Recently, members of the YALSA Board discussed how the Division defines “young adult.” Specifically the Board wondered if more attention should be paid to the older or younger age edges of the group that makes up what we call young adult. In that discussion, the group realized that it could be useful if YALSA looked at ways to support librarians that serve older teens (including those in college and the work force) and those in their early 20s.
I don't like even the remote possibility of YALSA encouraging the idea of expanding the YA age definition, and I'll tell you why:
I think YA librarians taking on the 18-25ers is a great way for YA librarians to do more work for the same amount of pay and to devalue the work we're already doing. Speaking for myself, in my YA positions I have always had my hands full with the 12-18-year-olds. Doing collection development and library services just for those ages is full time and then some. Being a good YA librarian, to me, means keeping up on pop culture trends, reading a ton of books, maintaining a collection, having interesting, relevant programs, knowing about college and career advisory sources for high schoolers, visiting schools, you get the picture. If we take on the duties of great service to 18-25-year-olds, something for the 12-18-year-olds is going to have to go because we're now making more bricks with less straw. If YA services takes on older young adults, that means less money for books for middle and high school students (and how much crossover will there be between YA and adult collections?). It means less time for the YA librarian to visit schools, never mind attending workshops and conferences.
By saying, "Yes, I already work with the 12-18 group but now I want to expand it to 12-25," YA librarians are sending the message that we don't already have enough to do with our time. We're devaluing the services we already give by saying that it's super easy to get all our work done in the time allotted to us and we're totally willing to do even more work for the same amount of pay. How many YA librarians are also children's librarians or adult librarians? How many YA librarians are doing jobs that should be done by two people? Offering to expand the YA librarian's job to include up to age 25 sends the message to our directors that we're willing to take on more work than we can realistically do well. Aside from this, by adding 18-25 to the YA definition, we're saying that the reference, recreational, and reader's advisory needs of that age group are closer to the reference needs of middle schoolers than they are to those of adults.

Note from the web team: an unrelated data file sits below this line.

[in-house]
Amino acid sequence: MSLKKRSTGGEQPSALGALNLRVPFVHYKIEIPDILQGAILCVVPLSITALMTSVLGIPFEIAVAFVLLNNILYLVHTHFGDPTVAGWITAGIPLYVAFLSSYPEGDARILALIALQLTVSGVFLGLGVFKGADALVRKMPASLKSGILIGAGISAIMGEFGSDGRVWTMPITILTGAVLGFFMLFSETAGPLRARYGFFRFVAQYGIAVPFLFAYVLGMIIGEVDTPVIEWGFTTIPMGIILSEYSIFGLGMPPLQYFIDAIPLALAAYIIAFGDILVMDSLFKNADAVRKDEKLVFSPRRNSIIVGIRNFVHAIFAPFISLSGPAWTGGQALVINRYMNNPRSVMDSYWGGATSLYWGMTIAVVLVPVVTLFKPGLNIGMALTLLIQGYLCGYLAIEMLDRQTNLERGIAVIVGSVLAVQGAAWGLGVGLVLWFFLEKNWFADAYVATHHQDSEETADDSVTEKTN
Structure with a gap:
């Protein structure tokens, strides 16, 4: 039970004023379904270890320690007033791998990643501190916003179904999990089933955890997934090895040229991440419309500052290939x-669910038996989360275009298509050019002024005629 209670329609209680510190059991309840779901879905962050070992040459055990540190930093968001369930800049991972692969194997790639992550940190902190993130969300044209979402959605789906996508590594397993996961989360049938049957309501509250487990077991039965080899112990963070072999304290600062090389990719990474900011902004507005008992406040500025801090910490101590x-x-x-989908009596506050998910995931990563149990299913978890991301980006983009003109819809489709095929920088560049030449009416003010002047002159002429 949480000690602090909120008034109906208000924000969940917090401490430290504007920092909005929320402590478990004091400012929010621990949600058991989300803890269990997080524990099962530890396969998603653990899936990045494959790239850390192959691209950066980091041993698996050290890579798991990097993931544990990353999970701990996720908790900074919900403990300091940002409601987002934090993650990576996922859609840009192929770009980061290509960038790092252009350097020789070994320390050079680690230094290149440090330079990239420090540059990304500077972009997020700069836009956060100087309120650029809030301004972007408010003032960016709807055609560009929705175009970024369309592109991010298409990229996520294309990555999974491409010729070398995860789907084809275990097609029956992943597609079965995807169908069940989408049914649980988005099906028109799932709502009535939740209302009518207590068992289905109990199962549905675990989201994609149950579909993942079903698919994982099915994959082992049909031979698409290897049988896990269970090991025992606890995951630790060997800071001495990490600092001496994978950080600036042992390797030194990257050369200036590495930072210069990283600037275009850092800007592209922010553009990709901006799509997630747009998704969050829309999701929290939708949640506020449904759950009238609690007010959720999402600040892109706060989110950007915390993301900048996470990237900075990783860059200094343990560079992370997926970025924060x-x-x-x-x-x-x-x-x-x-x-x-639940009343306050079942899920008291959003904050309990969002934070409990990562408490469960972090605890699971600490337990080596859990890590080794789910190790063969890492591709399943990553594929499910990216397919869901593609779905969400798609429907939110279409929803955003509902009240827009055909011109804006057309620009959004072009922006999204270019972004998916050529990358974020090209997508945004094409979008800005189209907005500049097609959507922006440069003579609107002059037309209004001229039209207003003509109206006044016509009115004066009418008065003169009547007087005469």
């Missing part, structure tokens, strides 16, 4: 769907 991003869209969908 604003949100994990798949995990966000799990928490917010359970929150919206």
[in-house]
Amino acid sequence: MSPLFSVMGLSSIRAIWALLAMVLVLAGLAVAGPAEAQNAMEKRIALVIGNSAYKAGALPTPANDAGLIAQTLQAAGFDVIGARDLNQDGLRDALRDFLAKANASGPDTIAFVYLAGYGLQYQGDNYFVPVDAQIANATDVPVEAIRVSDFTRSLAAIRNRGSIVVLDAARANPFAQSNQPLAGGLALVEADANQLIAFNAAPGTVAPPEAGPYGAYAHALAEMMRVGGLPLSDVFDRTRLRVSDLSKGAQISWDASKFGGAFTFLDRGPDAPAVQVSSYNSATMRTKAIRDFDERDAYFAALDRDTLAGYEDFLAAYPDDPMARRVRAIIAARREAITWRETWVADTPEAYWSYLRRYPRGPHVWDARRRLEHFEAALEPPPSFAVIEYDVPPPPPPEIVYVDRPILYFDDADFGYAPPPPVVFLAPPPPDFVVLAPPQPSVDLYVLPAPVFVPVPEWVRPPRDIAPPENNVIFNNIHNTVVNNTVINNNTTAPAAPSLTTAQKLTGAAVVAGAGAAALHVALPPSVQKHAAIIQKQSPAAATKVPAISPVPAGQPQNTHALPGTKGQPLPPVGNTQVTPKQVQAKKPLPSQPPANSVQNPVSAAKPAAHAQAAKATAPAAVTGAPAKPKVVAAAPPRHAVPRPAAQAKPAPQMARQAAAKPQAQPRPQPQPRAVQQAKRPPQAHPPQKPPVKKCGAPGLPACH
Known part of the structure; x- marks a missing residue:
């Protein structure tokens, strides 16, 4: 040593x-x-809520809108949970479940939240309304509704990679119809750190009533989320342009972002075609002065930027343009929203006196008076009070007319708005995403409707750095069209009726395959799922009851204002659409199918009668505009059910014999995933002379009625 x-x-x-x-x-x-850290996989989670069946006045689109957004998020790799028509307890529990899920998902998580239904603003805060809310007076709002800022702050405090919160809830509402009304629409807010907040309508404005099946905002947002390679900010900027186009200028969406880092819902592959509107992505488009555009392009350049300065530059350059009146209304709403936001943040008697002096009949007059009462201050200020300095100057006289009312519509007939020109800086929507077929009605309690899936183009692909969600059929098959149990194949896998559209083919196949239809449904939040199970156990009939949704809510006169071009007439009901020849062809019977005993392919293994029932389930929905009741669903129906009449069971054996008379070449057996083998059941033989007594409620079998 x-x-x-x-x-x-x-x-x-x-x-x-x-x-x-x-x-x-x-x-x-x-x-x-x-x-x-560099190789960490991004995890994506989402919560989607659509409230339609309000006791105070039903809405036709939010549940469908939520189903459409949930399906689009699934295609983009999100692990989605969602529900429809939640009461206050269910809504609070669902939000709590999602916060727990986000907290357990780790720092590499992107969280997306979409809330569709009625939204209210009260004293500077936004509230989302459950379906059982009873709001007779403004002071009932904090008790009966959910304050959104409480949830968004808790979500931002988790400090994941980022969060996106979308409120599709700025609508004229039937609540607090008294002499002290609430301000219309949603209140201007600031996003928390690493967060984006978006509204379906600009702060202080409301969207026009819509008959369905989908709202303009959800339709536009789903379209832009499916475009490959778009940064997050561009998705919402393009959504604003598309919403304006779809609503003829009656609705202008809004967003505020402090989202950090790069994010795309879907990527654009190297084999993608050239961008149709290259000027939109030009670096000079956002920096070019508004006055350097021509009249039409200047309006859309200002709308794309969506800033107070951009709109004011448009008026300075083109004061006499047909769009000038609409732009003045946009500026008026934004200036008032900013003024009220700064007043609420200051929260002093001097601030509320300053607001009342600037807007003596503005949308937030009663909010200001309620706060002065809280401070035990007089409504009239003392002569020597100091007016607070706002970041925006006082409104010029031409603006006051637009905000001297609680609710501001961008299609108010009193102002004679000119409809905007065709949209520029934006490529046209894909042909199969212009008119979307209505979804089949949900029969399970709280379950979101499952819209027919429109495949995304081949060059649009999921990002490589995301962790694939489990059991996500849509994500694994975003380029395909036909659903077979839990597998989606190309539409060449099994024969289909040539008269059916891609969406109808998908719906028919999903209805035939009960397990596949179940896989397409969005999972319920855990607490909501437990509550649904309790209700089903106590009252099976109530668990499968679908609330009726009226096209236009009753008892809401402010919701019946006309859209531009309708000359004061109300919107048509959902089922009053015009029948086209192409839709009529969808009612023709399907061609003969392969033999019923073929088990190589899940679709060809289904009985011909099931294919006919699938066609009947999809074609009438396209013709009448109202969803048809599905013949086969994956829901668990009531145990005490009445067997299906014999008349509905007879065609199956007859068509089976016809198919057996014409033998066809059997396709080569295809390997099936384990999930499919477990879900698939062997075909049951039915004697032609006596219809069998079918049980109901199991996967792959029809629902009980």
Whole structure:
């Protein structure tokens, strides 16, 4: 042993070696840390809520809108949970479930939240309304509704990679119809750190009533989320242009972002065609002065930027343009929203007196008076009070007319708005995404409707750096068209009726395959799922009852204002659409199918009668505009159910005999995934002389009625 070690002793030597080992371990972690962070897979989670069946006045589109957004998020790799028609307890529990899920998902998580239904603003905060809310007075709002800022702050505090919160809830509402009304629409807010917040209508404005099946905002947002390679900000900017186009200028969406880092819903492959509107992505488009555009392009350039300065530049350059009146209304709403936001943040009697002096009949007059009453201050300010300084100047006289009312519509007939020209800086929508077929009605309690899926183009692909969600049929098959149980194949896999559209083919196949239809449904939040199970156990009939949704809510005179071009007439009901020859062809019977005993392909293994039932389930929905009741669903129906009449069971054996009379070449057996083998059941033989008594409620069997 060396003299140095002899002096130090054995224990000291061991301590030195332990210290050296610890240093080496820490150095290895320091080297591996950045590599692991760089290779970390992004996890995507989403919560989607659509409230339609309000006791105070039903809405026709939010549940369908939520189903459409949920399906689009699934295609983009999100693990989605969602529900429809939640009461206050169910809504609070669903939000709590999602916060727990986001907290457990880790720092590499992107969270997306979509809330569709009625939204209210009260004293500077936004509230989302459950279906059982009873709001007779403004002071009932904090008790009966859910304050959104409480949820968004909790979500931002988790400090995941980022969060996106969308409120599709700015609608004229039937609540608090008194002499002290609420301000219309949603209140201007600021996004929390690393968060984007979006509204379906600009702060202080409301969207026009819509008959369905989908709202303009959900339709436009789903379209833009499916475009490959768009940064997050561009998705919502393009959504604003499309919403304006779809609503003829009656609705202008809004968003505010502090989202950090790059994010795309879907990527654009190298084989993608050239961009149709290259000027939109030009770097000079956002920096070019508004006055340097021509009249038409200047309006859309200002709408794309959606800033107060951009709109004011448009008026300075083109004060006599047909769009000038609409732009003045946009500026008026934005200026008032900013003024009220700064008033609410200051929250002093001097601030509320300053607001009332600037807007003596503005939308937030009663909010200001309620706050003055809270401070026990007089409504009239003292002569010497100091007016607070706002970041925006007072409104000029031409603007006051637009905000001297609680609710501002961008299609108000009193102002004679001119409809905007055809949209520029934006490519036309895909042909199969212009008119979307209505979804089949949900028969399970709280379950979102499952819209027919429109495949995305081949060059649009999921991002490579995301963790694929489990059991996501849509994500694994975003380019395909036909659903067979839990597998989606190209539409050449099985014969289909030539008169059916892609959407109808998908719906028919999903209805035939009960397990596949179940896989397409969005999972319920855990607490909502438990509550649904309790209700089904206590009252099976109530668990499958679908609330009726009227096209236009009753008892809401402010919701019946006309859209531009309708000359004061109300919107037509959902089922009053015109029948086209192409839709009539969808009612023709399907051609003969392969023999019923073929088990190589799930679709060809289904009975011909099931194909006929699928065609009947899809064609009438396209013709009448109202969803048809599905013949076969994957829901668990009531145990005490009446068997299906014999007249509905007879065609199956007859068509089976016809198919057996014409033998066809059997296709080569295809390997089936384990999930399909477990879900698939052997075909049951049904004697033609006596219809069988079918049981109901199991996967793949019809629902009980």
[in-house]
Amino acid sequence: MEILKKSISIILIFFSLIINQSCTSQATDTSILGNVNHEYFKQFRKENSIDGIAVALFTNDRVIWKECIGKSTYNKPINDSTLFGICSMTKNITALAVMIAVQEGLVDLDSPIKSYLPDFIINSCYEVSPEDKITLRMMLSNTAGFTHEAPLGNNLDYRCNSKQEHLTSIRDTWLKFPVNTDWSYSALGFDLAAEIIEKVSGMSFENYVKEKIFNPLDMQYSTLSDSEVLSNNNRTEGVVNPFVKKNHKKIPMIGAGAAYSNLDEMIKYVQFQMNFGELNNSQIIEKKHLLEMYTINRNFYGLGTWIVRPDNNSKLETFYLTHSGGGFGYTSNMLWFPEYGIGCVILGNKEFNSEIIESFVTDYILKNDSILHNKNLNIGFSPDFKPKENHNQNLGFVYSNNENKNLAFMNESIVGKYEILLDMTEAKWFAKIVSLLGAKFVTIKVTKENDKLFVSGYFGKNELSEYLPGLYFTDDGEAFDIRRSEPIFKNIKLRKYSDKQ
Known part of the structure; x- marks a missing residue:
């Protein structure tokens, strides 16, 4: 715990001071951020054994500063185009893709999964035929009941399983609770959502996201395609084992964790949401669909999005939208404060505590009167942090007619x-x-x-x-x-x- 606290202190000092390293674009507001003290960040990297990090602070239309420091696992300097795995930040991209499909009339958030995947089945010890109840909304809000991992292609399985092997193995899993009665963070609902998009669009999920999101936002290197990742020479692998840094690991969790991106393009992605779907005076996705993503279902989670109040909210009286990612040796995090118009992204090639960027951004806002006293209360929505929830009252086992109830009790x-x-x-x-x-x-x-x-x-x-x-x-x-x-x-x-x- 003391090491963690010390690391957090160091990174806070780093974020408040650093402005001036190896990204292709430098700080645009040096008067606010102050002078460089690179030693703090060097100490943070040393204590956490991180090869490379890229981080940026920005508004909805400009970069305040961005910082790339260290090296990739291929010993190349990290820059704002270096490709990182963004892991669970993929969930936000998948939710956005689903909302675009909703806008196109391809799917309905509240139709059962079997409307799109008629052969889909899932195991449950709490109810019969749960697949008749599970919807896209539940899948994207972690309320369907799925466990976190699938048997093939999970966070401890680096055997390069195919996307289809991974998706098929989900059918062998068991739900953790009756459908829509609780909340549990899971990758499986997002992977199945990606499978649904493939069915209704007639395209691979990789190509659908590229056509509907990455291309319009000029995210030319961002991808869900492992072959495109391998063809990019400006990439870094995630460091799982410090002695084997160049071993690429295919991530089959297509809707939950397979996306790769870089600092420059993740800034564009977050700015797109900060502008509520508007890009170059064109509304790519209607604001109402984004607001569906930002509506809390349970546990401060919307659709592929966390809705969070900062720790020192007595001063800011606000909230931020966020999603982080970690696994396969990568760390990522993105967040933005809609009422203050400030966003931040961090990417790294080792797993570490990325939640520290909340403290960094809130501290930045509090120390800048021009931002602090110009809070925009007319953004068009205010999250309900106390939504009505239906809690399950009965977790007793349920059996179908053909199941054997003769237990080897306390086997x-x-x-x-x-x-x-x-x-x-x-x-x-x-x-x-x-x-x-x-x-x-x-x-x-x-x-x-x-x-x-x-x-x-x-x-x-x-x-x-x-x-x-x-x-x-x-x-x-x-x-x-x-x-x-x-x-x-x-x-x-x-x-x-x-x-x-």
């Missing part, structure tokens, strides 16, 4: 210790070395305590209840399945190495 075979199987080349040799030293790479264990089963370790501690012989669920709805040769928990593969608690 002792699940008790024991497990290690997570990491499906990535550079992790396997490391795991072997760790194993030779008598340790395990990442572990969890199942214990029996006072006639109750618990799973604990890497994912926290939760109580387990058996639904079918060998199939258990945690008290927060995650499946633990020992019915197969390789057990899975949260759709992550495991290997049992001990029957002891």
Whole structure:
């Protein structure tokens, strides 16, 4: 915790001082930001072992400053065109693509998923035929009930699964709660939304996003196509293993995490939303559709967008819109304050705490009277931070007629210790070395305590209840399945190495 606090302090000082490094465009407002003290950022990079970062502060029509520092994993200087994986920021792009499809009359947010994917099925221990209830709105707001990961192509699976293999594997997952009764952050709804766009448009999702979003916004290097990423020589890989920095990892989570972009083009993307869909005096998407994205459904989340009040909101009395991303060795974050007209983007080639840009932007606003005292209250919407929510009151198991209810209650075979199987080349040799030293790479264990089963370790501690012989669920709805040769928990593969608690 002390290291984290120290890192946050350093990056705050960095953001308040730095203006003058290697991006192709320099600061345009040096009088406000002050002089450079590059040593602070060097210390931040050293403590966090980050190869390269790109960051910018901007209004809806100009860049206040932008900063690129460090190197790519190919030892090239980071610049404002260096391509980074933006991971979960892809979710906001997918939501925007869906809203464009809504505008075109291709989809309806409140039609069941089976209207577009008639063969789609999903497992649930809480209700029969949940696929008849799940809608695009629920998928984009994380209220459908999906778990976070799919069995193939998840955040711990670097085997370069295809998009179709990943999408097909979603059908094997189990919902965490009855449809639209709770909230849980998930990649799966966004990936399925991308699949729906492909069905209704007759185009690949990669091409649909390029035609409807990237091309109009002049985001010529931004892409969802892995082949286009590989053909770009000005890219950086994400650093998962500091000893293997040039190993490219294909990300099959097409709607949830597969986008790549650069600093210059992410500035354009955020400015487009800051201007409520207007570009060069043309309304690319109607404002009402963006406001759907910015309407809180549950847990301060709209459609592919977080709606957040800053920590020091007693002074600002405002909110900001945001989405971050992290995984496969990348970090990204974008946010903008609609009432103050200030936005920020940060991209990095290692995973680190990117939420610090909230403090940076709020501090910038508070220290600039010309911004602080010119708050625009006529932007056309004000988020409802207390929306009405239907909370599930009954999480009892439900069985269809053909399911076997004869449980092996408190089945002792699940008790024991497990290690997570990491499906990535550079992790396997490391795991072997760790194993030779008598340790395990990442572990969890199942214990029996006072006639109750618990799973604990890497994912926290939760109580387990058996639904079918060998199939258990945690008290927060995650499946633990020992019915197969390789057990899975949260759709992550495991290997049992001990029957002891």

I acknowledge that the idea of 25 being the new 18 exists, though I find it silly. At 18, you're an adult for all legal and educational intents and purposes. I know because I watch TV and read YA lit that college is the new high school. I know that the 18-34 demographic is a big moneymaker for television advertisers and Apple computers. None of this, however, means that I am willing to take on more work for the same amount of money. If the 18-to-25 age group is a concern for YA librarians either individually or as an organization, then this is something to be addressed by both YA and adult services librarians. I know that many of my colleagues are making an effort to reach this age group, and that's great; it's an age group long overlooked in public library services. I do not, however, think that the idea of services being offered as part of YA and handled exclusively by YA librarians is a good one. Time should equal money. If we're not going to get more of either of those when we take on a new demographic in YA services, then how can we be expected to perform those services well?